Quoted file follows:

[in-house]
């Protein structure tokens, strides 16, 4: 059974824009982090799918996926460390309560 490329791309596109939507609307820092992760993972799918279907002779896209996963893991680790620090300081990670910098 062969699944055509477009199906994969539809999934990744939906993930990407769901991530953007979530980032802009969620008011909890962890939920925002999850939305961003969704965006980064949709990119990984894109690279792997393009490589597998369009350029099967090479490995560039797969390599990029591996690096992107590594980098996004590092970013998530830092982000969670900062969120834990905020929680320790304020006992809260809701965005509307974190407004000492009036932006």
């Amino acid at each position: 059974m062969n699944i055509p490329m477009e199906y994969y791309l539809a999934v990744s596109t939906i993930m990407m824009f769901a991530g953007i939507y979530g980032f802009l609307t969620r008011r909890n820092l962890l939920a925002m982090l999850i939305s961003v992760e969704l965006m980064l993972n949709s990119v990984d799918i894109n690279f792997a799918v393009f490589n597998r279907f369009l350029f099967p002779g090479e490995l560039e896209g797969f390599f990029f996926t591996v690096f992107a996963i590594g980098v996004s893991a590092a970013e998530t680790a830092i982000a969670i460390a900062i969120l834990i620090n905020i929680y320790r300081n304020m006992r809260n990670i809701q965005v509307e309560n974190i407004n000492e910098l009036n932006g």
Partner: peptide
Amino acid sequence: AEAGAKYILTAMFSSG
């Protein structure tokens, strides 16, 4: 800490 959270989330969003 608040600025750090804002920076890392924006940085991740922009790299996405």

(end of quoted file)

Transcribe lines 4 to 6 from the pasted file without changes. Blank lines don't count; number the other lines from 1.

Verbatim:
Partner: peptide
Amino acid sequence: AEAGAKYILTAMFSSG
């Protein structure tokens, strides 16, 4: 800490 959270989330969003 608040600025750090804002920076890392924006940085991740922009790299996405």